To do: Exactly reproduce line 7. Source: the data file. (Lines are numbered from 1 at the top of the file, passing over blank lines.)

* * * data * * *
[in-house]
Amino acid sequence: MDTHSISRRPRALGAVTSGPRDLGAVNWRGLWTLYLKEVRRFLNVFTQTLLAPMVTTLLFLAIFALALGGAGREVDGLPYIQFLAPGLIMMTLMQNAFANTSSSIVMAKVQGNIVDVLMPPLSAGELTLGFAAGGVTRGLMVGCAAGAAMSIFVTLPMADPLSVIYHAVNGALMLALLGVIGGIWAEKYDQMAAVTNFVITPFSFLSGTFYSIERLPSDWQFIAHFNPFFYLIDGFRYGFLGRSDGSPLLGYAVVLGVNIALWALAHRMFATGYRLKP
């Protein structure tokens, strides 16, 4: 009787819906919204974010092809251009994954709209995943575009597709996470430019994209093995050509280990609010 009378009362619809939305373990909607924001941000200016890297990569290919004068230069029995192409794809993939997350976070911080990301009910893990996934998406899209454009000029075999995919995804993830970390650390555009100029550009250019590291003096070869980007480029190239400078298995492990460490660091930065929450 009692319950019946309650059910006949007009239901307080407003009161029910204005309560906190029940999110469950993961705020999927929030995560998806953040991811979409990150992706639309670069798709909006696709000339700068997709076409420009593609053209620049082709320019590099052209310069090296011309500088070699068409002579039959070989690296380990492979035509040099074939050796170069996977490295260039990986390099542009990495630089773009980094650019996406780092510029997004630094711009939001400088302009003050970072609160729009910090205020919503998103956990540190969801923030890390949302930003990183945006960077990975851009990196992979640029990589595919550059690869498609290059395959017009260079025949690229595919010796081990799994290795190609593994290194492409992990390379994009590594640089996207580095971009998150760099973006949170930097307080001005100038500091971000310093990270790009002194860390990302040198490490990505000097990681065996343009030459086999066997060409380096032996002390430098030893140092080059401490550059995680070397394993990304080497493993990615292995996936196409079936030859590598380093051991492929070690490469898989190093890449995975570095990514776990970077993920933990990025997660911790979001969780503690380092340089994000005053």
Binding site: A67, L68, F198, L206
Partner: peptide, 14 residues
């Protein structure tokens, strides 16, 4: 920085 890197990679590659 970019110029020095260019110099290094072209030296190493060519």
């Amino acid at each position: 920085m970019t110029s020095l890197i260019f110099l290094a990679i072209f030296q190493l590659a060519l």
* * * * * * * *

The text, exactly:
């Amino acid at each position: 920085m970019t110029s020095l890197i260019f110099l290094a990679i072209f030296q190493l590659a060519l």